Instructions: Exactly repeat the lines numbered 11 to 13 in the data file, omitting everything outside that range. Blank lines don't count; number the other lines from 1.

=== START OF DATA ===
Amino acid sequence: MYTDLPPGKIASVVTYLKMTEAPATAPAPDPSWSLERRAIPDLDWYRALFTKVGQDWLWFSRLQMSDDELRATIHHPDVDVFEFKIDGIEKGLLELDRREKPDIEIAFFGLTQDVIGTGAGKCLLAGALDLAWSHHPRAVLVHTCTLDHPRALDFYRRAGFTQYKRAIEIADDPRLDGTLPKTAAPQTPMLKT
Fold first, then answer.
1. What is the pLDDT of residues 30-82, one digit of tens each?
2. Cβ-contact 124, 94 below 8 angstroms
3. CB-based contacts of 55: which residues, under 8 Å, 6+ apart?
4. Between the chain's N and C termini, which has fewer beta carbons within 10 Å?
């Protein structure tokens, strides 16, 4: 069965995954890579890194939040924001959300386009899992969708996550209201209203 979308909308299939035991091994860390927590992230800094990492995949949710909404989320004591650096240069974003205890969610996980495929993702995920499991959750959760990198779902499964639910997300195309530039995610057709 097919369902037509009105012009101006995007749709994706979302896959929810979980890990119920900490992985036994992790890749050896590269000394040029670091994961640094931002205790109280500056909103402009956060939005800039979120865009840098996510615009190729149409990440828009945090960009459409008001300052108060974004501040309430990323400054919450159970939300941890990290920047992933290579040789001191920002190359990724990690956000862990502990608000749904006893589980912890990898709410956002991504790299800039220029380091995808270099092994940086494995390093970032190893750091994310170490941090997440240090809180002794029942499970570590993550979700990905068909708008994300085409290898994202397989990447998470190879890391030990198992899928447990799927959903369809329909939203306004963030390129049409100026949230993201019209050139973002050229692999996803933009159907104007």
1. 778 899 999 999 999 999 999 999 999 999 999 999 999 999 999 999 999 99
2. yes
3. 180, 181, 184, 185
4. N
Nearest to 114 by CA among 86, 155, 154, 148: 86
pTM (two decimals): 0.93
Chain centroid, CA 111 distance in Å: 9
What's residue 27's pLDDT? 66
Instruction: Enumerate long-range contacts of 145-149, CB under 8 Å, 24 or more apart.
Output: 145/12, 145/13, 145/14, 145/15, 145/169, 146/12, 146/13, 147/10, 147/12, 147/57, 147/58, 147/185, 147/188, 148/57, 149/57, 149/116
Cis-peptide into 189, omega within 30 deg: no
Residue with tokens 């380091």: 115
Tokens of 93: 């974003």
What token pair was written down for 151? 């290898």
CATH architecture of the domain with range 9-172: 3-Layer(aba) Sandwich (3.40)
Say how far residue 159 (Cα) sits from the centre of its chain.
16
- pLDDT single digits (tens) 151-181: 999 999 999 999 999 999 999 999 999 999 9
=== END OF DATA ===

4. N
Nearest to 114 by CA among 86, 155, 154, 148: 86
pTM (two decimals): 0.93